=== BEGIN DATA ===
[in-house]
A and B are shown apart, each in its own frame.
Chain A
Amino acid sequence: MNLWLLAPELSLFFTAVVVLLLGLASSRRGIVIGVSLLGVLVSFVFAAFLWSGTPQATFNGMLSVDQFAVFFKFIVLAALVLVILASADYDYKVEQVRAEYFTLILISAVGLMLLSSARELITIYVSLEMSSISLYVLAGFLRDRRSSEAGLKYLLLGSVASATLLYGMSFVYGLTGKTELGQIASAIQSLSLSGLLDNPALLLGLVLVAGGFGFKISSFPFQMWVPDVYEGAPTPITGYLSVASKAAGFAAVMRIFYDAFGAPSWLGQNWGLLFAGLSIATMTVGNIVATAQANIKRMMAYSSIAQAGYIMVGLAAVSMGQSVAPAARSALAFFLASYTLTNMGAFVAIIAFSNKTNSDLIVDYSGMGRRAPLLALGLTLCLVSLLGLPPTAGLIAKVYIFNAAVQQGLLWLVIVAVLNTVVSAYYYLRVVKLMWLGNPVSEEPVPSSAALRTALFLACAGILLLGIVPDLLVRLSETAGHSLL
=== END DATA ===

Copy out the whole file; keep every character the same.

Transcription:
[in-house]
A and B are shown apart, each in its own frame.
Chain A
Amino acid sequence: MNLWLLAPELSLFFTAVVVLLLGLASSRRGIVIGVSLLGVLVSFVFAAFLWSGTPQATFNGMLSVDQFAVFFKFIVLAALVLVILASADYDYKVEQVRAEYFTLILISAVGLMLLSSARELITIYVSLEMSSISLYVLAGFLRDRRSSEAGLKYLLLGSVASATLLYGMSFVYGLTGKTELGQIASAIQSLSLSGLLDNPALLLGLVLVAGGFGFKISSFPFQMWVPDVYEGAPTPITGYLSVASKAAGFAAVMRIFYDAFGAPSWLGQNWGLLFAGLSIATMTVGNIVATAQANIKRMMAYSSIAQAGYIMVGLAAVSMGQSVAPAARSALAFFLASYTLTNMGAFVAIIAFSNKTNSDLIVDYSGMGRRAPLLALGLTLCLVSLLGLPPTAGLIAKVYIFNAAVQQGLLWLVIVAVLNTVVSAYYYLRVVKLMWLGNPVSEEPVPSSAALRTALFLACAGILLLGIVPDLLVRLSETAGHSLL